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This Underrated 2021 Scary Movie Is The Perfect First Horror Flick For Kids

Want to get kids into horror without traumatizing them? Give Nightbooks a try.

Krysten Ritter in 'Nightbooks.'

Every October, horror people try to get their marathons in order, while non-hardcore horror people are dipping their toes into the genre's deep, dark pool of stories. As a movie genre, horror gains new fans all the time, particularly among young folks, who love the idea of the thrills and chills and spooky atmosphere even if their parents won't let them dive into the deep end just yet.

If you know one of these aspiring young fans — maybe your kids — and you're interested in helping those young people get safely and gently into horror films, you might be wondering where to start. Let's say you have a kid who loves monsters and scary stories, who's seen all the horror-adjacent stuff for kids like Hotel Transylvania and The Addams Family. Maybe they've even given Hocus Pocus and Goosebumps a try. Where do you go next? How to keep your kid steeped in new horror stories without jumping directly to The Texas Chain Saw Massacre?

Well, there are a lot of places to look for just such a story, and the 2021 film Nightbooks is one of them. Spooky, fun, and steeped in horror imagery that's not overwhelming, it's exactly the kind of horror gateway that young (say, 10 and under) kids need to keep them interested in horror without freaking out Mom and Dad along the way.

What is Nightbooks?

Based on the book of the same name by J.A. White, Nightbooks tells the story of a young boy named Alex (Winslow Fegley), an outsider kid who's obsessed with horror stories and has even taken to writing his own in what he calls his "night books." His rejection by his classmates at school, and his lack of friends, are of great concern to his parents, and his inability to fit in is enough to encourage Alex to get rid of his horror habit entirely.

That all changes, though, when he stumbles into the world of a mysterious witch named Natacha (Krysten Ritter), who kidnaps children into her magical, seemingly endless apartment and destroys them when they're no longer of any use to her. When we meet Natacha, she's only got two kids in her care: Alex and Yasmin (Lidya Jewett), who clean the house. Alex is there, apparently, because he's good at writing scary stories, something Natacha is very interested in. If he wants to survive, Alex will have to tell Natacha a different scary story every night, always with a frightening and unhappy ending, which will eventually lead him to face the scariest thing about his own life.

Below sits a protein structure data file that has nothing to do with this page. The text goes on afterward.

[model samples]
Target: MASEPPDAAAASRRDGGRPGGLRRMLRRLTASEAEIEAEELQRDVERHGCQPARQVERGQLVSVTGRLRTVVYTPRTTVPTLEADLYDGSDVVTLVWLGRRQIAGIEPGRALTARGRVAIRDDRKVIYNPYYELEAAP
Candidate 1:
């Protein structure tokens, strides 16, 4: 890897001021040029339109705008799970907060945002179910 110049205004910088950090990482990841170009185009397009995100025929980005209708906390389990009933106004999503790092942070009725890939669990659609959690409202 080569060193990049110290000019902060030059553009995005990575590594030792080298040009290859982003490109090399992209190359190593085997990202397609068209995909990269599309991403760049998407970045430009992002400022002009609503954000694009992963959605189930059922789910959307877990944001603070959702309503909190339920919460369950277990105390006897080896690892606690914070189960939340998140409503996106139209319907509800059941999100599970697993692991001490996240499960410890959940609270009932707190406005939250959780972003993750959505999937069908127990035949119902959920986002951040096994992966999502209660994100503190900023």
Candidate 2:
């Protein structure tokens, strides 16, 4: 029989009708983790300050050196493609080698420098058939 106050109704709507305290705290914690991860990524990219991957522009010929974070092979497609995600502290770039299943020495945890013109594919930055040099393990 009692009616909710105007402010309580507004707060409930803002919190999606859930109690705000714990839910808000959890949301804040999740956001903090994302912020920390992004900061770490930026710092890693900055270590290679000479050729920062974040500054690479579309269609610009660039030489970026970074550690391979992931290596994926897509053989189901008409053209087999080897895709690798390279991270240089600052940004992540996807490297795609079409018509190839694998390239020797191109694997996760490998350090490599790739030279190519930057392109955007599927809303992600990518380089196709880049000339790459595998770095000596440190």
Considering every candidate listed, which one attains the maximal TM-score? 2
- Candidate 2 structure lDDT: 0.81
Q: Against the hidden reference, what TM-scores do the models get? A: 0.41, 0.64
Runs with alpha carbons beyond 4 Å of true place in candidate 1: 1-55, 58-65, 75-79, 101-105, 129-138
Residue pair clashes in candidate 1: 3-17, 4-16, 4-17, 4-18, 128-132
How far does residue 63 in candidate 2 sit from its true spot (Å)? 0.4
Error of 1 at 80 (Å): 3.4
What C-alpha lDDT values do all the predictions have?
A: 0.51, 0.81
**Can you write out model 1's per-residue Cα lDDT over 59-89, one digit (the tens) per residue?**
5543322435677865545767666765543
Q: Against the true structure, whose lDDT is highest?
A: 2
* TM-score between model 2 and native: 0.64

Naturally, the story-within-a-story framework of the film provides plenty of opportunities for all kinds of horror elements to come forward, while the mysteries of Natacha's apartment provide a dark fantasy feel that might remind some older viewers of things like Labyrinth. It's an intriguing mix, and right away it primes viewers for a spooky, visually delightful ride.

How Scary is Nightbooks?

Nightbooks debuted on Netflix in September of 2021, where you can still watch it right now, and landed a TV-PG rating from the streamer. That means, as you might have guessed, that parental guidance is suggested for the film, and it's a rating the movie earns throughout without ever spiking into levels that might make you fear you're hitting TV-MA territory.

Right from the start, there are plenty of horror flavors coming through in the film, from the presence of an evil witch to topics including witches eating children, and even dark life stuff like children who don't seem to have any friends. Natacha's apartment is jam-packed with monstrous little treats, and the appearance of an even older witch late in the film might be the most frightening scene of all thanks to the old crone's jerky motions and monstrous appearance.

But even with all of these elements in mind, the great thing about Nightbooks is that the filmmakers never lose sight of their audience. This is a spooky movie for families, which means that even the most frightening bits of the story are peppered with fun touches. Natacha dresses like a witch, but she also dresses like she could be rollerskating through a disco, peppering her look with bright colors and shimmering fabrics. The apartment is full of scary things, but also full of magical fantasy wonder that might make some kids wish they could move in. And of course, there are moments of levity peppered throughout to remind kids that we're all having fun here.

So while Nightbooks definitely benefits from a little parental guidance, all but the most squeamish of kids will probably have a ball with it.

Why is Nightbooks a Great First Horror Movie?

Obviously, the family-friendly nature of Nightbooks is key here. It's designed to be a film that horror-curious kids can watch with their parents, with their friends, and even during sleepovers where no one wants to get too frightened in the middle of the night. It's just that kind of movie, and its modern style will definitely appeal to kids.

But there's more to this story that makes it a great first horror film. Above all, Nightbooks is a film by horror fans, for horror fans. Alex is, from the very beginning, one of us, a kid steeped in scary stories and monster lore. He loves this stuff, even when the world tells him that it's weird, that he's weird, and that he should maybe give it all up. Throughout the film, Nightbooks reminds Alex, and by extension the kids watching at home, that his weirdness, his love of horror, is in fact a superpower. It's a thing that makes him special, something he's passionate about, and that should never be discarded in favor of fitting in.

In other words, Nightbooks is both a love letter to horror and a love letter to being yourself, and that makes it great for horror-loving kids everywhere.

Nightbooks is on Netflix now.